US Coins

PCGS founder ignores advice, starts firm

If Professional Coin Grading Service co-founder David Hall had listened to the advice of a business consultant three decades ago, there would be no PCGS. 

On the eve of PCGS’s 30th anniversary, Hall revealed little-known facts about the company’s early days, including a startling revelation about a consultant’s advice to forget about starting a coin grading service, according to an announcement from the firm. 

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Since the company’s founding on Feb. 3, 1986, PCGS has certified more than 31 million vintage and modern coins with a combined market value of $29 billion, according to the firm. PCGS now has offices in Southern California, Paris, Hong Kong and Shanghai. 

Yet, looking back at 30 years of success, PCGS co-founder David Hall recalls that, in the early days of planning the company, he was advised not to do it.

“I had a very high-power, private, personal business consultant sit with me at all the initial PCGS launch meetings in 1985. Afterward, he told me I shouldn’t do it because ‘you spent your entire career specializing in the best coins and positioning yourself that your coins were better than everyone else’s. This will make everyone’s coins the same.’ Obviously, I didn’t follow his advice against starting PCGS,” Hall said.

Almost a nonprofit 

Another surprising revelation is that there was early consideration about making PCGS a nonprofit organization. 

“We were incorporated by an attorney specializing in non-profits because at first our idea was to make it a non-profit. We decided that non-profits weren’t efficient, and we wanted to do it right and be able to afford to pay for the best graders available,” Hall explained.

Today, PCGS is a division of publicly held Collectors Universe Inc., and Hall serves as president of the parent company.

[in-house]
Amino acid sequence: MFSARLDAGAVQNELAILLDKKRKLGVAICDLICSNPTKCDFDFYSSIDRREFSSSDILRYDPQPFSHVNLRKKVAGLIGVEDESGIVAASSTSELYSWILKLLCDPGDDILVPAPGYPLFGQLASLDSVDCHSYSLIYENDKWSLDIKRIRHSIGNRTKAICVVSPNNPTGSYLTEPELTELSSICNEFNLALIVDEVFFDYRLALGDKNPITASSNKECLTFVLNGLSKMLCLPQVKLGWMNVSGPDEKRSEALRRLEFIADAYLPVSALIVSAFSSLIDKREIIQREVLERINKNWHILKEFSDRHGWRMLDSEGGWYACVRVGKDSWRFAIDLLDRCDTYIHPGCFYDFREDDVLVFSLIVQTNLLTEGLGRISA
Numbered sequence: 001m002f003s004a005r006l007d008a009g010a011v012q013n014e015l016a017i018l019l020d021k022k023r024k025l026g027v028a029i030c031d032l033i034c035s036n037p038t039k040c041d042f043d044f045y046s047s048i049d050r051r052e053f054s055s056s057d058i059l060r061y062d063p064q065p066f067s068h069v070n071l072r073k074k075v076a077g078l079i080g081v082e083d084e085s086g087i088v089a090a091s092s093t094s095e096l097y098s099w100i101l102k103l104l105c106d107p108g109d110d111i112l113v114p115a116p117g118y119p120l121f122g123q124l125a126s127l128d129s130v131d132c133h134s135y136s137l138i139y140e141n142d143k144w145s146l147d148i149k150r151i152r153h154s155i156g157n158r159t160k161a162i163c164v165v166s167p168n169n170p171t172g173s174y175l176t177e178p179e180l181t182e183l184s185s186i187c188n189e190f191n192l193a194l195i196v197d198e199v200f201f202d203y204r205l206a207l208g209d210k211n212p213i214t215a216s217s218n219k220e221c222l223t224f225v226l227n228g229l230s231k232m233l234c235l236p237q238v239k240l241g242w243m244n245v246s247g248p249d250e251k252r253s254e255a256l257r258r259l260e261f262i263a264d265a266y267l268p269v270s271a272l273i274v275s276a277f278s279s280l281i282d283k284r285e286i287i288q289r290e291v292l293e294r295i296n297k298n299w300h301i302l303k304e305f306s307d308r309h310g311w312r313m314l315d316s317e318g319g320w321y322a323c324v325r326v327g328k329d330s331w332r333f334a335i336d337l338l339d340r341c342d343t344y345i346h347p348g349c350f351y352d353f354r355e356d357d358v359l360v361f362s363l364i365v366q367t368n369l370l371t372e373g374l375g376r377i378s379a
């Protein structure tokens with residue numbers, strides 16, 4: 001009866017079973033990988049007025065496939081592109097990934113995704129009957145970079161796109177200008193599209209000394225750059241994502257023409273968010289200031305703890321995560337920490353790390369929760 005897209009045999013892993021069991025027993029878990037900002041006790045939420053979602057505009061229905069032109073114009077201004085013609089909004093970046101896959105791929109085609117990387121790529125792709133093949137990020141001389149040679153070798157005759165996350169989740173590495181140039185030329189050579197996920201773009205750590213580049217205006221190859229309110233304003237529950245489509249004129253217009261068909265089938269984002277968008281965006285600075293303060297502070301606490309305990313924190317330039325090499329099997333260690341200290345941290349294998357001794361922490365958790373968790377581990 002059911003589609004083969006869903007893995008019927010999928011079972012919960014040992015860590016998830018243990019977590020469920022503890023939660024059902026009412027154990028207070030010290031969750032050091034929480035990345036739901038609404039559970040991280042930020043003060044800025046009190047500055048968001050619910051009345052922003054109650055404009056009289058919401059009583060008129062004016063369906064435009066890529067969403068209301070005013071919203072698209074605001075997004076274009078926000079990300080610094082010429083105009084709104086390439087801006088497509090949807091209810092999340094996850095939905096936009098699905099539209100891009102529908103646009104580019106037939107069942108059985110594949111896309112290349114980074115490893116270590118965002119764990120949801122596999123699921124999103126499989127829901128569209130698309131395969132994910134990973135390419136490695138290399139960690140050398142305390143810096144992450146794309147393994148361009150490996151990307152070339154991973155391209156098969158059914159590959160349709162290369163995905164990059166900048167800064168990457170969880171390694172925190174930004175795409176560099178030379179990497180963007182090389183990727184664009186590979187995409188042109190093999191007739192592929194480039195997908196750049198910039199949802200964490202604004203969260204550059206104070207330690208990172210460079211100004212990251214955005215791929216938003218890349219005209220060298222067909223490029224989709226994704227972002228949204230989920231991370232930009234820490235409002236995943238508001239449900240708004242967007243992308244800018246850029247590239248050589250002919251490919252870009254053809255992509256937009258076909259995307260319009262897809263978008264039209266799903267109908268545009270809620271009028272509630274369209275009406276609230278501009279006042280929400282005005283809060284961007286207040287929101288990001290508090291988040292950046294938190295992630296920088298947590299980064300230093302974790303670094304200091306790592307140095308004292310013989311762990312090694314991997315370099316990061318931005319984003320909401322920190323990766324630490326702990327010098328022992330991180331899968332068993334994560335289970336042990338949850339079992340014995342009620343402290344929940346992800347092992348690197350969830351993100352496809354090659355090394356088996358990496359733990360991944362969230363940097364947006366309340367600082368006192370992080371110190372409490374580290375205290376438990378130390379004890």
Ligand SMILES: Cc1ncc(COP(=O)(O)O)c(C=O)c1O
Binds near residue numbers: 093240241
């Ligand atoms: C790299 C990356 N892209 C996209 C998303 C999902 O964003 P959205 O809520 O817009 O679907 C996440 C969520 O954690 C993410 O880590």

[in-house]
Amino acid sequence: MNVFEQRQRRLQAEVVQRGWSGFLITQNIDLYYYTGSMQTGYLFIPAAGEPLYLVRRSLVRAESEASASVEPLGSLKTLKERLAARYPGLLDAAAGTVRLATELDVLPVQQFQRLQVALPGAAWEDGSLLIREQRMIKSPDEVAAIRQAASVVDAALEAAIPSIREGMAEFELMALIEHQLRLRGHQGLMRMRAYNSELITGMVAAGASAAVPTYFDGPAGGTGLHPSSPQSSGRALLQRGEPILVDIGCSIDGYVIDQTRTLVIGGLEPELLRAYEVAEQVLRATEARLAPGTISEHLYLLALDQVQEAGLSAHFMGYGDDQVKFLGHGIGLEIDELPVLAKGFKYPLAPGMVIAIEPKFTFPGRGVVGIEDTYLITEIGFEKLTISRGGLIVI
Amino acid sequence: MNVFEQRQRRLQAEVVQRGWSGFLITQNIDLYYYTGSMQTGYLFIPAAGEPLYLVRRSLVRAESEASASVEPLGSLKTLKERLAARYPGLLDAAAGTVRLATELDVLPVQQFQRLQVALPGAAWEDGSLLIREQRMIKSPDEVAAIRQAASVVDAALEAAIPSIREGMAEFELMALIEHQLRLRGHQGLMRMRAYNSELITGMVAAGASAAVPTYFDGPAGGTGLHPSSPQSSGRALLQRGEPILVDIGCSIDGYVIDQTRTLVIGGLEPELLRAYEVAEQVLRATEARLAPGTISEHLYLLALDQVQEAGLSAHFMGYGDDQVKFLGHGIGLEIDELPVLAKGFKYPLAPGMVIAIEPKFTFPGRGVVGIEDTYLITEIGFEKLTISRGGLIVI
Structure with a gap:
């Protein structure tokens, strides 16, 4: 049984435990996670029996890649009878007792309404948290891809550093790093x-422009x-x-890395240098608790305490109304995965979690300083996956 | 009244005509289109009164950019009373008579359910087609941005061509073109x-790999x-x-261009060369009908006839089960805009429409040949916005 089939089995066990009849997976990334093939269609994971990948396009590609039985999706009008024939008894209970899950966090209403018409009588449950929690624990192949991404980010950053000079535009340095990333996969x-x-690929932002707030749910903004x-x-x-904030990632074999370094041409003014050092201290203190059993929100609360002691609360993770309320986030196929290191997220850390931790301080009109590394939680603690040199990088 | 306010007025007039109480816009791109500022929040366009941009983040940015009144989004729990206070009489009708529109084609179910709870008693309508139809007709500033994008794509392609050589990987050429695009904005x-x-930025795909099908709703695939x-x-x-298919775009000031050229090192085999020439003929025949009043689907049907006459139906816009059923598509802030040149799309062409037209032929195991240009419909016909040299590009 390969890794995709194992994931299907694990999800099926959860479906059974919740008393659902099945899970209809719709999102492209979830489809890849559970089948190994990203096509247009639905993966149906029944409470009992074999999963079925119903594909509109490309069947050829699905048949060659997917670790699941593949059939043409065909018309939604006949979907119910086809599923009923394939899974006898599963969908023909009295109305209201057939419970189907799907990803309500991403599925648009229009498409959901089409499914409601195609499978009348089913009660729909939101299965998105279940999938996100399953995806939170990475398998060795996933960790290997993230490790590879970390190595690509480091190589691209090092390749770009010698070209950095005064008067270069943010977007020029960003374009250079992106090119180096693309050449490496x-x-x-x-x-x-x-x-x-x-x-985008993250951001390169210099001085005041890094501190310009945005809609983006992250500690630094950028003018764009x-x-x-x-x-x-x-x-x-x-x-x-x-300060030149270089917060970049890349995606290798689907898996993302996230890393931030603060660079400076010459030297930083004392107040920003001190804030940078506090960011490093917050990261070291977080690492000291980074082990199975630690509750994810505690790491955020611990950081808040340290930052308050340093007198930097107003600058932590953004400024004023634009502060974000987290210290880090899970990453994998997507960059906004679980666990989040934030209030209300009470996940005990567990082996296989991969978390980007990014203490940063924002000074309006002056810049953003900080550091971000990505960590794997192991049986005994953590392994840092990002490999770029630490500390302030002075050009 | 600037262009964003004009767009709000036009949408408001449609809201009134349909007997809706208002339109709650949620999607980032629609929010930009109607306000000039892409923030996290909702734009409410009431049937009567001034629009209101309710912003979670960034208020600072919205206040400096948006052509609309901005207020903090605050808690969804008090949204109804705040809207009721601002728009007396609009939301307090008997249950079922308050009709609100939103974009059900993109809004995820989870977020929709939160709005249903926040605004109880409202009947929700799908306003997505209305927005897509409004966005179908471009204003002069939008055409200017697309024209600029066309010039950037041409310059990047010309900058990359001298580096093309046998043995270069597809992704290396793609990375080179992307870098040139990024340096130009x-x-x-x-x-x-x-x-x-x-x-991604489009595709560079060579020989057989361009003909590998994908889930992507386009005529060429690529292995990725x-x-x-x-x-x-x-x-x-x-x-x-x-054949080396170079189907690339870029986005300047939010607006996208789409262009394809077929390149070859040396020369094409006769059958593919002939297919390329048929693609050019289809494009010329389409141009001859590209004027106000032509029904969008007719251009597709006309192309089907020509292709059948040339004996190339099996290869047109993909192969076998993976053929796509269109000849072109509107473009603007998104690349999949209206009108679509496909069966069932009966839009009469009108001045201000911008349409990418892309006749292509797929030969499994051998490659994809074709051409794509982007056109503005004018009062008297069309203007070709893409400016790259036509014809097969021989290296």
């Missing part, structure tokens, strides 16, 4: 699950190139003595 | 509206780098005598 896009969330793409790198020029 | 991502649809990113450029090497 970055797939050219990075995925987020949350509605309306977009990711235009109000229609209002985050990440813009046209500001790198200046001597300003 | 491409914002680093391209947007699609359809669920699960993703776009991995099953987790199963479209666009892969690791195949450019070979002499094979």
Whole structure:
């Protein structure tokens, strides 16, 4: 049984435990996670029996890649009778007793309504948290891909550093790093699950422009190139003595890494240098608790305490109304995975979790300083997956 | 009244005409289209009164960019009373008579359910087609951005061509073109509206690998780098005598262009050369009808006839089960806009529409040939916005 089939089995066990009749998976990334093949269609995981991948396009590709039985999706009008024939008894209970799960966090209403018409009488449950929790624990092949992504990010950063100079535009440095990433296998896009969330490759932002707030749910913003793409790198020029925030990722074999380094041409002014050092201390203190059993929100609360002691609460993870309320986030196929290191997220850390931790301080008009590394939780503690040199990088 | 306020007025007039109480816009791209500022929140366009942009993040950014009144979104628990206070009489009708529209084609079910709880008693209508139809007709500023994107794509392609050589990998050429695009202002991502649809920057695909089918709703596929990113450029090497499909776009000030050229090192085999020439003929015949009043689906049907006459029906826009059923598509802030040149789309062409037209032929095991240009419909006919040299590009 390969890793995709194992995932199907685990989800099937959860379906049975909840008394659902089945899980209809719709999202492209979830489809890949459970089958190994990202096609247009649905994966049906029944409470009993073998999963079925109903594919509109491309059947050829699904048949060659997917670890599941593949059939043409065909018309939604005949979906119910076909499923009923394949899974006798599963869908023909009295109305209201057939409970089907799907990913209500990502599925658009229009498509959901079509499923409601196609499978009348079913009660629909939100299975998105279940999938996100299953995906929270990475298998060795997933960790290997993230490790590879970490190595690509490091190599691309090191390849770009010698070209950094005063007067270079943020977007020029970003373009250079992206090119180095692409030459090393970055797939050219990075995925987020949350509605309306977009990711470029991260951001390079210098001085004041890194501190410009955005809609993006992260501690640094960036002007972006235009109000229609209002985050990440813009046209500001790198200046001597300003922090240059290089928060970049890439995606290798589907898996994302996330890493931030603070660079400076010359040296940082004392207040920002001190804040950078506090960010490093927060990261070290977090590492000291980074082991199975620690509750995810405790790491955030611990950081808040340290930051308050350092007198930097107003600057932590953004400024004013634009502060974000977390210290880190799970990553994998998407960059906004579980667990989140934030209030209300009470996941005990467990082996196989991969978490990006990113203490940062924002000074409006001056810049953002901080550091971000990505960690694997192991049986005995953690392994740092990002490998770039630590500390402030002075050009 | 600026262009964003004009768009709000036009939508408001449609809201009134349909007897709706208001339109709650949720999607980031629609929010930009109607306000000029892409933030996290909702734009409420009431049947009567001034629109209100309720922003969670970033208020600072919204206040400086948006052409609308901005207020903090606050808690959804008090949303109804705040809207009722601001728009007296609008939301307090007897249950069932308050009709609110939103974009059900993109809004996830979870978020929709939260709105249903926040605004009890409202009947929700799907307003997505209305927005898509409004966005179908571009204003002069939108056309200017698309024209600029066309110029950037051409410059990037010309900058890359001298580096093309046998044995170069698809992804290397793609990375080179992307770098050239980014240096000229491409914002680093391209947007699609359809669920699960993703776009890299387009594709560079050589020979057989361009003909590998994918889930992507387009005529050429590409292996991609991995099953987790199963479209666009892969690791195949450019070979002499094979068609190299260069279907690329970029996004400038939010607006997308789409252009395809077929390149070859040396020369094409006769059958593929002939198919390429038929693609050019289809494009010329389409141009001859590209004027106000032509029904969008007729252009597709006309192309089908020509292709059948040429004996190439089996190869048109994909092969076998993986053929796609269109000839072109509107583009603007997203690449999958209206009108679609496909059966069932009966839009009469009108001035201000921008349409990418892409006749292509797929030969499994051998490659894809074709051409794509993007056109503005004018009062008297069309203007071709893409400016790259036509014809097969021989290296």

“We funded PCGS with $100,000 cash 30 years ago. Van Simmons and I put up $50,000. The other owners put up $10,000 each. Bruce Amspacher was the last person to put in his check. He hemmed and hawed, and just wasn’t sure that the idea would work. Finally, his friend Steve Mayer said to him, ‘Bruce, if you don’t want to put in the $10,000 then let me do it.’ So, Steve’s enthusiasm got Bruce off the fence. Now Collectors Universe has a market cap of over $100 million, and that initial $100,000 has turned into over $100 million,” Hall said.

He further revealed that the founders of PCGS underestimated the coin market’s desire for independent expert third-party authentication and grading backed by a guarantee from the firm.

“We thought we would receive and examine about 3,000 coins a month, and we planned our operations accordingly. But 18,000 coins were submitted during the first month. The second month 35,000 coins were submitted. Within nine months submissions were over 100,000 coins a month,” he recalled.

Problematic popularity 

Hall admitted the huge popularity of Professional Coin Grading Service became a problem. 

“About a year after we started, the backlog for regular service had a 10 month wait. You sent in your coins and got them back in 10 months. We had an express service at the time and everyone marked their express orders with an ‘X’ on the box so we would open those orders first. At one point we couldn’t even open all the boxes we were receiving and we stored the non-express orders unopened, off premise with Loomis [an armored transport and cash storage company],” Hall said.

“We had a 30-day backlog in just opening the boxes we received. Since we required payment in advance, every one of those boxes had a check made out to us, but we couldn’t even open the boxes to put the checks in the bank.”

One of the other co-founders, Gordon Wrubel, was living in Kansas City and planned to fly to California one week a month to help with grading. Within a few months he moved to California permanently, “and has been in the grading room ever since,” Hall said.

Wrubel recalled how Hall sold the PCGS concept to him and another co-founder, John Dannreuther. 

“He said, ‘Gordie, if you and J.D. agree that a coin is a [Mint State] 65, do you think the marketplace will accept it?’ J.D. and I immediately replied, ‘Sure!’ But one thing we had to think about was when David said we could put the coins in sealed plastic holders and guarantee the grade. It sounded crazy at first, but he had the whole concept thought out, and that was the only way PCGS could work,” Wrubel recalled.

In addition to disclosing he was advised against starting PCGS, Hall has one more surprising 30th anniversary revelation: “We never imagined someone would send in a coin more than once,” he admitted. 

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